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    updated 8.29.11

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The Best of Intentions

Over the weekend, we had a small Craigslist sale that has made a remarkable difference in our lives…not financially, but in our habits.

The Compound’s master bedroom has a small transition room that connects the bedroom to the bath.  It features floor to ceiling built in cabinets and drawers – original from the 30’s.    You’d never find it in a new house…and it is The Bomb.

A friend of ours looked at it the other day and asked “Why do you own a dresser?  You have no need for one!”

We agreed….so we sold our dresser and made room for a small love seat, chair and coffee table.  Suddenly, once the kids are in bed, we find ourselves sitting there and talking.  In days past, we would have piddled around the office or the kitchen, often doing our own separate thing.  What started as a novelty – “wow – we can sit down in here!” has become a nightly ritual.  We sit – often in the dark – and talk.  I’m loving it.

Last night, once the conversation wound it’s way past the next day’s schedule, how we’re going to pay for the yet un-repaired truck, and what we were going to grab when we raided the kitchen, we found ourselves talking about our schedules.

We came to an agreement.  We are getting sucked into scheduled events that don’t give either of us life.  We mean well.  Everyone involved means well.  The issues are important…and we can contribute and glean.  So why do these things still feel like death on a stick?

Kevin & Lorna Matthews were key leaders here at IHOP for a long time.  Once, in a management meeting, Kevin watched me squirm as I tried to avoid being given a role that I really didn’t want.  It wasn’t that I wasn’t qualified – but rather that I didn’t want to do it.

Later, Kevin pulled me into a side room and drew two circles, one within the other.  He pointed to the bigger circle and said “this is what you’re capable of…”.    Then he pointed to the smaller circle inside and said “This is what you’re called to do.   You’re capable of more than you’re called to….and they will forever be trying to pull you out of the smaller circle and into the bigger one.  Don’t go there.”

I knew exactly what he meant…but had to ask “Who are ‘they'”.

With his ominous British accent, he said “Everyone.”

Kevin wasn’t paranoid.  He was talented.  He had a lot of skills none of us knew about because he wouldn’t tip his hand for fear of getting tapped for a lot of jobs he had no passion for.  (Some time later, he offered me office space in a suite they were renting…where I discovered he had a very elaborate IT setup that he’d built himself.  I asked him “Does anyone know you can do this?”   He said “No, and if you tell them, I will throttle you…”.)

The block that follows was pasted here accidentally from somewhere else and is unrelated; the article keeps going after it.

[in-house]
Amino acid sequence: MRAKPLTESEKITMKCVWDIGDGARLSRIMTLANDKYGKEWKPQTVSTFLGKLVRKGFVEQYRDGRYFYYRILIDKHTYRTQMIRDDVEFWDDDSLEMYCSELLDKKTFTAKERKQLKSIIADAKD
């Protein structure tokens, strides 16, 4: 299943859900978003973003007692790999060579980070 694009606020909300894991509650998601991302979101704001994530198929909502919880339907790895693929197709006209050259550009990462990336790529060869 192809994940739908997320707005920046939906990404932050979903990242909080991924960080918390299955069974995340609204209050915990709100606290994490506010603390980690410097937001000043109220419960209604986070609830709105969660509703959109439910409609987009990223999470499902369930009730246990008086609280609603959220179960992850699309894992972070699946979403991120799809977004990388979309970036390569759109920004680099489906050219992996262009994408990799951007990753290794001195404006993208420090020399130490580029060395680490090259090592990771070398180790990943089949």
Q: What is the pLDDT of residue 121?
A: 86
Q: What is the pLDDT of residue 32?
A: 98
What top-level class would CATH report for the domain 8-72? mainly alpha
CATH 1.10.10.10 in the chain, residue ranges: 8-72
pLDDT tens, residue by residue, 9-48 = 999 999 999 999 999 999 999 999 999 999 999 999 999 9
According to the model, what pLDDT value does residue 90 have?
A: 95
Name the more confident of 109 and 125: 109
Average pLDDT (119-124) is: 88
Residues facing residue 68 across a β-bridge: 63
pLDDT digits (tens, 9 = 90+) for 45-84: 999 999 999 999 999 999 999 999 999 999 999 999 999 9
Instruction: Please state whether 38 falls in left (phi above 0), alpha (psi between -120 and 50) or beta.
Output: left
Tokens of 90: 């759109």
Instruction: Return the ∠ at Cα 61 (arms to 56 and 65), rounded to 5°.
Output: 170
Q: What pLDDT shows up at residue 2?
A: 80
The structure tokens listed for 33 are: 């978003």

That was six years ago or more and I’m still fighting the struggle to stay within the smaller circle.   The same is true of Kelsey. Half of the meetings I attended this week were time-suckers which I could have been represented in by a well trained monkey.  Of course, I didn’t know this going in…so the failure is mine.  Failure to discern and failure to resist the pull from one circle to another.

We talked about what gave us life and what felt like a drag…and vowed to be more intentional in our scheduling.  I’m going to start saying ‘no’ more, or at least being very selective about available times.

I need to proactively protect Kelsey’s time as well.  Her schedule is often far more taxed than mine.  Two nights ago she had a profound prophetic dream that spoke volumes to a major leader…and I’m inviting her to meetings that circle like a jet at O’Hare – round and round and never landing.    With her dream life, she’s more valuable asleep than she is awake….and when she is awake, I can’t afford to waste her time.

I can’t worry if people will feel like I’m disengaging from their next big thing.  Life and purpose are found inside the smaller circle.

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22 Responses

  1. this is so good. I feel like I spend half my life trying to stay in the half circle…

  2. Awesome! Very awesome. I feel sorry for the people that invited you to those time-sucker meetings, but they’ll get over it.
    Isn’t there a third circle? Oh yeah, its the stuff you’re not capable of but try anyway. #RenovationRealities

  3. I have sat in some of those meetings with you. Danny Silk has a great message/series on personal space – with circle analogies, unfortunately I can’t find it right now. It was hearing that message, like Kevin’s to you, that I realized “I don’t have to live this.” I found myself with a heart divided by being inundated with other people’s ideas, thoughts, ramblings and opinions, and I felt like the focus that I once had on what the Lord had spoken for me to do became so cluttered with what I “could” do, or what other people “want” me to do or what “needs” to be done that I couldn’t tell the difference anymore.